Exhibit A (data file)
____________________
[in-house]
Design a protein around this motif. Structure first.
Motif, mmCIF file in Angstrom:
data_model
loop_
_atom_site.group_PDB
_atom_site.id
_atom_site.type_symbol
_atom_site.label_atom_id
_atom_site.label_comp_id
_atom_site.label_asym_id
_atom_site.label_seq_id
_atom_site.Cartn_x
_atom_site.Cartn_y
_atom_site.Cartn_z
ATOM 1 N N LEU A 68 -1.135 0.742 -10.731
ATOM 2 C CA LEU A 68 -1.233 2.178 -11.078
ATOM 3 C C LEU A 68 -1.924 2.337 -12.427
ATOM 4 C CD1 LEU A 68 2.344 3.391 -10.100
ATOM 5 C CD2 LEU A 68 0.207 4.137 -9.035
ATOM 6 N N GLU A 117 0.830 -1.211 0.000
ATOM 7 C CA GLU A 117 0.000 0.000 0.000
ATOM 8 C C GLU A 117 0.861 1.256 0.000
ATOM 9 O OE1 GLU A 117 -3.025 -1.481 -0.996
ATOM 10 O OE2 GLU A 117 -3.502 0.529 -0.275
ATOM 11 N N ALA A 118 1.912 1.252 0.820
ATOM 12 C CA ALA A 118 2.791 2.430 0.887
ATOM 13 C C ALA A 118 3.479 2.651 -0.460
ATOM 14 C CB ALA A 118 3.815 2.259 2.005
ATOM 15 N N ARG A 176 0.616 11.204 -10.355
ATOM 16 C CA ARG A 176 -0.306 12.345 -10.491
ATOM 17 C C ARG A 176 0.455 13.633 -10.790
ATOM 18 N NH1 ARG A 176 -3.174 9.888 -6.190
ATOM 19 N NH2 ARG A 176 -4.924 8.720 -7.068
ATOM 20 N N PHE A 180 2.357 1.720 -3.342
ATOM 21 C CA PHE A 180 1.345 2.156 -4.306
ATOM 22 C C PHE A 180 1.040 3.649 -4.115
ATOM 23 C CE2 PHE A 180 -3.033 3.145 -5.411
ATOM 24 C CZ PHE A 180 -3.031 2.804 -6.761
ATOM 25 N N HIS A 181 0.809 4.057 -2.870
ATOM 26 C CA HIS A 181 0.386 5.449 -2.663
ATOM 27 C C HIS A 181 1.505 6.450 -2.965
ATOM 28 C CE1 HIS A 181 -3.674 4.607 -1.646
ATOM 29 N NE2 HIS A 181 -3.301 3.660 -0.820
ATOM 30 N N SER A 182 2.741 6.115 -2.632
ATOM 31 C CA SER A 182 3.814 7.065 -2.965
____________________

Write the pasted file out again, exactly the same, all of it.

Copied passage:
[in-house]
Design a protein around this motif. Structure first.
Motif, mmCIF file in Angstrom:
data_model
loop_
_atom_site.group_PDB
_atom_site.id
_atom_site.type_symbol
_atom_site.label_atom_id
_atom_site.label_comp_id
_atom_site.label_asym_id
_atom_site.label_seq_id
_atom_site.Cartn_x
_atom_site.Cartn_y
_atom_site.Cartn_z
ATOM 1 N N LEU A 68 -1.135 0.742 -10.731
ATOM 2 C CA LEU A 68 -1.233 2.178 -11.078
ATOM 3 C C LEU A 68 -1.924 2.337 -12.427
ATOM 4 C CD1 LEU A 68 2.344 3.391 -10.100
ATOM 5 C CD2 LEU A 68 0.207 4.137 -9.035
ATOM 6 N N GLU A 117 0.830 -1.211 0.000
ATOM 7 C CA GLU A 117 0.000 0.000 0.000
ATOM 8 C C GLU A 117 0.861 1.256 0.000
ATOM 9 O OE1 GLU A 117 -3.025 -1.481 -0.996
ATOM 10 O OE2 GLU A 117 -3.502 0.529 -0.275
ATOM 11 N N ALA A 118 1.912 1.252 0.820
ATOM 12 C CA ALA A 118 2.791 2.430 0.887
ATOM 13 C C ALA A 118 3.479 2.651 -0.460
ATOM 14 C CB ALA A 118 3.815 2.259 2.005
ATOM 15 N N ARG A 176 0.616 11.204 -10.355
ATOM 16 C CA ARG A 176 -0.306 12.345 -10.491
ATOM 17 C C ARG A 176 0.455 13.633 -10.790
ATOM 18 N NH1 ARG A 176 -3.174 9.888 -6.190
ATOM 19 N NH2 ARG A 176 -4.924 8.720 -7.068
ATOM 20 N N PHE A 180 2.357 1.720 -3.342
ATOM 21 C CA PHE A 180 1.345 2.156 -4.306
ATOM 22 C C PHE A 180 1.040 3.649 -4.115
ATOM 23 C CE2 PHE A 180 -3.033 3.145 -5.411
ATOM 24 C CZ PHE A 180 -3.031 2.804 -6.761
ATOM 25 N N HIS A 181 0.809 4.057 -2.870
ATOM 26 C CA HIS A 181 0.386 5.449 -2.663
ATOM 27 C C HIS A 181 1.505 6.450 -2.965
ATOM 28 C CE1 HIS A 181 -3.674 4.607 -1.646
ATOM 29 N NE2 HIS A 181 -3.301 3.660 -0.820
ATOM 30 N N SER A 182 2.741 6.115 -2.632
ATOM 31 C CA SER A 182 3.814 7.065 -2.965